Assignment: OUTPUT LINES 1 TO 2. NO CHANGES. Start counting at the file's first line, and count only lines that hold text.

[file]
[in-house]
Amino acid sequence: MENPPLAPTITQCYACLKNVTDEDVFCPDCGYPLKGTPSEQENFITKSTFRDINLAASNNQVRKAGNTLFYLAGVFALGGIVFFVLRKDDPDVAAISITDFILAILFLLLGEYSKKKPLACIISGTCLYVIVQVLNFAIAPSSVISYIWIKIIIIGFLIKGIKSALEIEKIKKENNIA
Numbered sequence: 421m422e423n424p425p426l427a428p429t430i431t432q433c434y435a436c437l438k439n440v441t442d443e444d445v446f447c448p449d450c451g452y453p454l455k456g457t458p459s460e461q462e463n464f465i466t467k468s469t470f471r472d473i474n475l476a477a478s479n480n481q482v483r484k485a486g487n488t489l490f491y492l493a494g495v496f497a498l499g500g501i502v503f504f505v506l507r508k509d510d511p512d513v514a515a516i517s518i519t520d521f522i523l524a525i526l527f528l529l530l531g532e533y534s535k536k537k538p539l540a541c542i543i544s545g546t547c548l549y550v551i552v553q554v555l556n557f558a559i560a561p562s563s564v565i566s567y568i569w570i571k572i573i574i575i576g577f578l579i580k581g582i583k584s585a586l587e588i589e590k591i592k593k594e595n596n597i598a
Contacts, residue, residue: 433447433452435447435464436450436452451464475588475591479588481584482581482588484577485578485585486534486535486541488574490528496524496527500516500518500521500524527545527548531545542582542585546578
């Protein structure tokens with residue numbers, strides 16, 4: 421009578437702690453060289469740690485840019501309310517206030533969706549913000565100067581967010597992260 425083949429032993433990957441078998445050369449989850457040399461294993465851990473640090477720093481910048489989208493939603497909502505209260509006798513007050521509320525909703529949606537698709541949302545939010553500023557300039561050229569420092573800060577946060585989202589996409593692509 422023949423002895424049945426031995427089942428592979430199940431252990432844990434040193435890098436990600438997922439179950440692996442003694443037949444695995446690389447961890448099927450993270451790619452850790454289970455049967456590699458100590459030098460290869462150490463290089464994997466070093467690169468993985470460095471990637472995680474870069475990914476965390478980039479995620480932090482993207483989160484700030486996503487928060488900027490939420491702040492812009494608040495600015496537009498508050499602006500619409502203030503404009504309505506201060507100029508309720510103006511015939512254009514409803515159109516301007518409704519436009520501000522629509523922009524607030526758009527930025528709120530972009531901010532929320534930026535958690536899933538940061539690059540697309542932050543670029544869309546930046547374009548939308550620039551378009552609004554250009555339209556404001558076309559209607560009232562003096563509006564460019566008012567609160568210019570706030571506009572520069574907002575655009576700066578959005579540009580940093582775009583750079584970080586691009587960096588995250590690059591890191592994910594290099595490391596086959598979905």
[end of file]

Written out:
[in-house]
Amino acid sequence: MENPPLAPTITQCYACLKNVTDEDVFCPDCGYPLKGTPSEQENFITKSTFRDINLAASNNQVRKAGNTLFYLAGVFALGGIVFFVLRKDDPDVAAISITDFILAILFLLLGEYSKKKPLACIISGTCLYVIVQVLNFAIAPSSVISYIWIKIIIIGFLIKGIKSALEIEKIKKENNIA